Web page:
Microsoft WindowsMicrosoft Windows is a name which refers to a series of OSes from Microsoft. Early versions were strictly targeted at low-end home computers, while more recent versions have begun tackling the server market. The Windows family of products is the most commonly used operating system on the planet today. While there are many obvious benefits to this, due to it's reptutation for instability and insecurity, many regard this as something of a curse (although realistically the vast majority of computer users neither know nor care about alternatives, and it is questionable whether the alternatives would fare much better with truly widespread deployment). Early versions were based on DOS underpinnings, although the most recent versions no longer contain any legacy code. The following list roughly outlines the evolution of the operating system from it's earliest, relatively unused versions through the current server-oriented releases:
- Win1.x, 2.x: 8- and 16-bit versions which require a DOS compatible with MS-DOS/PC-DOS 3.3 or later (including FreeDOS).
- Win3.x, Win for Workgroups 3.x: A 16-bit version which requires MS-DOS/PC-DOS 5.x/6.x or compatible.
- Win95 (4.0): A stand-alone 32-bit system with some 16-bit subsystems largely based on MS-DOS 7.0.
- WinNT 3.1: A fully 32-bit workstation and server OS loosely based on IBM's OS/2. Ported to Alpha, MIPS and PowerPC.
- Win98/98SE (4.1): A fully 32-bit system which still contains elements of MS-DOS 7.1.
- WinNT 4.0: An update to WinNT 3.1 which is best-known for introducing the Win95 GUI to Windows NT. The OS itself did not change much, although a large number of supporting services were bundled with this release such as a web server (IIS) and a component runtime environment (MTS). This version only supported the Intel and Alpha platforms.
- WinCE: A drastically cut-down 32-bit OS targeted for PDAs and handheld PCs. The API is similar to the Win32 API in WinNT, but virtually all of the code is new.
- WinME (4.5): A fully-32 bit system, the first consumer-oriented release of Windows which no longer "wraps" a stand-alone version of MS-DOS. It is no longer possible to run the application using a pure CLI mode.
- Win2000: A significant revision to Windows NT, often referred to in it's early days as NT5. Win2K enjoys probably the best reputation for reliability of any Windows OS, although several major service packs were required to achieve this. There are several variants of Win2K each containing slight optimizations for various enviornments.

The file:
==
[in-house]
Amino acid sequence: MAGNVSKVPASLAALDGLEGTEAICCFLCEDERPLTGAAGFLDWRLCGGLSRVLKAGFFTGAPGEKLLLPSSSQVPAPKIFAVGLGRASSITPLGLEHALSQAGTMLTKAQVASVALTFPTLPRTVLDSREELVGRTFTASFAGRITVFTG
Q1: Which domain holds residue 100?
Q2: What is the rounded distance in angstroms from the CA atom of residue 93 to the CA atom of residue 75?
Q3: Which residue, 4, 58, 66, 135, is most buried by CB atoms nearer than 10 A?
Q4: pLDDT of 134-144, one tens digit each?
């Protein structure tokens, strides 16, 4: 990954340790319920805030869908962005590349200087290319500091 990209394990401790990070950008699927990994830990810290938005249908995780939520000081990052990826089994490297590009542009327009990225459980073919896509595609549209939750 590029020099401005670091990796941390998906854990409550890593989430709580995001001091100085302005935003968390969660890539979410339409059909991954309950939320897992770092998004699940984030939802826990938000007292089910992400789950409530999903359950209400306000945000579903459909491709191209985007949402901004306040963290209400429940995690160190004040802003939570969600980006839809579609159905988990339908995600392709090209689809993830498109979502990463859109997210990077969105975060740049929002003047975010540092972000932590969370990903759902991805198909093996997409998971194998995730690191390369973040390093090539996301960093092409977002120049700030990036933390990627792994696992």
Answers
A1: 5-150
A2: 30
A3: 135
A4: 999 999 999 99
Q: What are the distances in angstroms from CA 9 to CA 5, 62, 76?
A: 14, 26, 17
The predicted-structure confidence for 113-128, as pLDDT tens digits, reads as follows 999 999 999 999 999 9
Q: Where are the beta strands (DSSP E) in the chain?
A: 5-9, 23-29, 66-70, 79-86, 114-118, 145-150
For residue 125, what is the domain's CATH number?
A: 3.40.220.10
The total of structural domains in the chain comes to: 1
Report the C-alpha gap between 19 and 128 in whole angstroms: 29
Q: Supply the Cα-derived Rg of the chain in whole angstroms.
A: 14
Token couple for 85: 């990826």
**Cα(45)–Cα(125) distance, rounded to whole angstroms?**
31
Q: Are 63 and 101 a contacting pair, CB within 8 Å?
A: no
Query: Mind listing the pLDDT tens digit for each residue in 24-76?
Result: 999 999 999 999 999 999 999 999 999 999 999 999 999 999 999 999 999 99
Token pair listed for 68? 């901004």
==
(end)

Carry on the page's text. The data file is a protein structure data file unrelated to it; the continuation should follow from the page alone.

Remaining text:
- Win for PocketPC: A new GUI and additional system services built on top of WinCE for the PocketPC platform, which is a loose hardware specification from Microsoft that generally exceeds WinCE and low-end PDA specifications (and greatly exceeds the price).
- WinXP: A 32-bit consumer-oriented version of Windows very loosely based on a combination of WinME and Win2K. It is not NT 5.1 as it has been commonly called, and it introduces a number of significant advances over Win2K. Unfortunately important parts of the kernel were altered to run in user mode for performance reasons, resulting in reduced stability as compared to Win2K.
- Win2003: A 32-bit and 64-bit server OS upgrade to Win2K. This is the first Microsoft OS to natively ship full support for the .NET system (it was formerly referred to as Windows.NET). Like Win2K it is available in a number of variations targeted to specific environments. This is the first OS for which Microsoft hopes to provide a reasonably secure "out of the box" experience for users and admins. The 64-bit version runs on Intel Itanium CPUs and is promised for AMD Opteron CPUs.
The primary interface for all recent releases of the OS is a GUI which is similar to virtually every GUI in use today. The OS provides excellent "out of the box" support for a staggering variety of hardware.
Most versions of Windows have an unfortunate (though probably not undeserved) reputation for being insecure and buggy. Part of this is based in simple fact, while parts can be attributed to a side-effect of the popularity of the OS. If more people run it, and more applications are written for it, then failures are more likely to appear, and more people will expend effort to attack it. Recent releases show significantly better stability, although Microsoft's true commitment to security is still questionable at best.